Association of Southeast Asian Nations (ASEAN) has one of the most robust economies in Asia. The regional intergovernmental organisation has 10 member countries whose combined GDP is in excess of $2.5 trillion. The region’s economy is currently growing at a steady rate of 6% per year, with the impressive growth being mostly fuelled by the rapid penetration of smartphones and smart technology in the region. This trend is known as the ASEAN digital transformation.
The ASEAN digital transformation is characterised by a well-developed and innovation-driven information and communications tech infrastructure. The middle class in this region is expanding by the day, e-commerce and social media are gaining popularity at a steady rate, and tech devices are becoming more and more affordable. Also, the region has a huge youthful population and a strong startup sector. All these factors combined give birth to a digital wave that is promising to transform Southeast Asia.
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An economy on the verge of takeoff
The internet economy is taking shape in ASEAN. The region’s small and medium enterprises now have a strong platform from which they can launch themselves into global supply chains. The region’s diverse economies are also on the verge of uniting and forming one inseparable economic bloc. When this happens, the region will be ripe for economic take-off.
Multinational companies are already trying to penetrate the ASEAN market in readiness for this takeoff. For instance, professional employer organisations in Singapore are investing in the right technologies that will help them find and recruit the right employees for the region’s expanding job market. If you dream of expanding your business to the ASEAN market, you will need the services of a translation company in understanding and interacting fruitfully with the ASEAN customers.
To aid this takeoff, the ASEAN member countries are working towards creating a seamless e-commerce space that will allow traders in the region to market and sell their products without any tariff or international trade restrictions. There is also the ASEAN Economic Blueprint 2025 that seeks to tap technology and leverage its power in an effort to close the gap between the member states and the top economies such as China, the US, and the EU. The ASEAN economic takeoff is also boosted by a Smart Cities Network that comprises of 26 cities in the region. If these cities become smart by 2025, the region will be ripe for industrial transformation.
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The master plan on connectivity (MPAC) 2025 and industry 4.0
The key aim of the MPAC 2025 is to promote economic integration amongst member nations as a way of creating an inclusive and competitive trade bloc before the year 2025. This goal will only be achieved by improving cross-sectoral connectivity across the region. The plan has already given birth to an ASEAN digital data governance framework that seeks to drive digital innovation and create a stronger digital agenda in the region.
If the MPAC 2025 is implemented successfully, digital technologies in ASEAN will have grown to more than $500 billion by 2025. Technology will be adopted in the region in a bigger scale, efficiency in business and governance will be a notch higher, and products and services from the region will stand a stronger chance of competing in the global market.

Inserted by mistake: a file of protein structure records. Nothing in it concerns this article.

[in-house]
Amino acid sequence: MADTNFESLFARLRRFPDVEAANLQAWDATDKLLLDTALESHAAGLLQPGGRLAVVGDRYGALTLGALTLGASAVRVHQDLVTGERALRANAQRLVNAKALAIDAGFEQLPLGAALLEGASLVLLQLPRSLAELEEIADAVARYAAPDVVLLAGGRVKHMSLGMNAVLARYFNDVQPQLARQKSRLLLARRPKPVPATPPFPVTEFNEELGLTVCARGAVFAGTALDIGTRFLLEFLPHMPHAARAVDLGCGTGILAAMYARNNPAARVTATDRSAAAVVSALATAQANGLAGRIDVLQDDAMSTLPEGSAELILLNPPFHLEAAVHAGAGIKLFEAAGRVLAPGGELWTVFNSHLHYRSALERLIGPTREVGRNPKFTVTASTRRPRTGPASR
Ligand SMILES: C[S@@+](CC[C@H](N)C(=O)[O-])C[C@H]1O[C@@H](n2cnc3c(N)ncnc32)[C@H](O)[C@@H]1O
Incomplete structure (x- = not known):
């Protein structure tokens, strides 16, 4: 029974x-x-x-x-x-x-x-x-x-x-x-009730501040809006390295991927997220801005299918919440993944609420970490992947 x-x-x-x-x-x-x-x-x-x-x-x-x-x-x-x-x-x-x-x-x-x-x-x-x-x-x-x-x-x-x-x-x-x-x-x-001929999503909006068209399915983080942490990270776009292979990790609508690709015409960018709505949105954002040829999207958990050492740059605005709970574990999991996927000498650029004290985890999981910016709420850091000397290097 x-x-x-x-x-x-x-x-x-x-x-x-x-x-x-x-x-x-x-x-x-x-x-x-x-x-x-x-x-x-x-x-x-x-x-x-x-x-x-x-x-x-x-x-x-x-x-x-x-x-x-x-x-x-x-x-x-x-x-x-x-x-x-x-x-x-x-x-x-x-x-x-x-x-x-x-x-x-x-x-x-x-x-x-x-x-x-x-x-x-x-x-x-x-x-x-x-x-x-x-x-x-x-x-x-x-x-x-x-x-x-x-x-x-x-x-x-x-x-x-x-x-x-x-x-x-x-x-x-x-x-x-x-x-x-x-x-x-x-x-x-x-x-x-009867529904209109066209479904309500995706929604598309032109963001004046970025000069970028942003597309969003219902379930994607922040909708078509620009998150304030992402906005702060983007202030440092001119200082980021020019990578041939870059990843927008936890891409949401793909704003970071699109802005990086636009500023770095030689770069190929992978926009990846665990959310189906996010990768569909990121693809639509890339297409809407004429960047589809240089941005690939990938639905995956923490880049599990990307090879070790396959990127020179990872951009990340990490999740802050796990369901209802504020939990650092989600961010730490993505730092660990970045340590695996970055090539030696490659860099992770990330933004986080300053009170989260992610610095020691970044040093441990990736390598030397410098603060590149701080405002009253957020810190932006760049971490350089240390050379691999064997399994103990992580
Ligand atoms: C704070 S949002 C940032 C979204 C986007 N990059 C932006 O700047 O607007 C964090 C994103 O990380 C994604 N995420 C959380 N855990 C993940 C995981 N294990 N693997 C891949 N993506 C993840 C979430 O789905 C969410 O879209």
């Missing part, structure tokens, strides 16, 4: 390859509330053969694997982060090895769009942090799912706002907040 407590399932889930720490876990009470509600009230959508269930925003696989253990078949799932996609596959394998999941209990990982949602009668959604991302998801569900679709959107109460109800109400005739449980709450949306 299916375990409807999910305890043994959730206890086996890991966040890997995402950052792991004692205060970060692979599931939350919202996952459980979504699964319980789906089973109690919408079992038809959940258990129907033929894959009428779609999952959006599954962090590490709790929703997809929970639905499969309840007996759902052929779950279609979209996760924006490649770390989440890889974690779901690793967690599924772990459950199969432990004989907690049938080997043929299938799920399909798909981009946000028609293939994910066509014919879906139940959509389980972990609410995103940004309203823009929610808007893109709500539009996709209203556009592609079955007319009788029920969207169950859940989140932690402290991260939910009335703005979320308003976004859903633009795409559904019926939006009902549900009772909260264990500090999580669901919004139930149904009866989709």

“The ASEAN digital transformation wave is also supported by the Industry 4.0, a digitisation phase that seeks to transform the way ASEAN citizens live and work. It is a building block that has led to increased adoption of the Internet of Things (IoT), augmented reality, 3D printing, blockchain technology, and artificial intelligence (AI), among other revolutionary technologies” explains Globalization Pedia.
This widespread adoption of new and advanced tech tools will help the region to leapfrog many regional trade blocs in terms of customer satisfaction and service delivery. Education systems in the region are also likely to improve as a result of AI integration.
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Are there any challenges to Southeast Asia’s digital transformation?
The digital revolution in Southeast Asia is far from completion due to many teething problems. The greatest among these problems is the fact that the digital landscape in some of the member states is in deplorable conditions while other states are almost at par with the world’s developed economies. Vietnam, Myanmar and Cambodia, for example, have been developing at a very slow pace as compared to their peers in the trade bloc, e.g. Malaysia and Singapore. This sharp contrast could easily lead to the ultimate failure of the digital revolution.
If the ASEAN region continues in the current digital trajectory, its member states will most likely join the largest global economies by 2030. Countries such as Singapore will edge closer to big economies such as the United States and China and even leapfrog some economic giants in the European Union. It is a good thing that the region has a huge young and educated workforce which is prepared and comfortable to run away with new technologies as they come. Indeed, the full potential of the ASEAN digital transformation still lies in the future.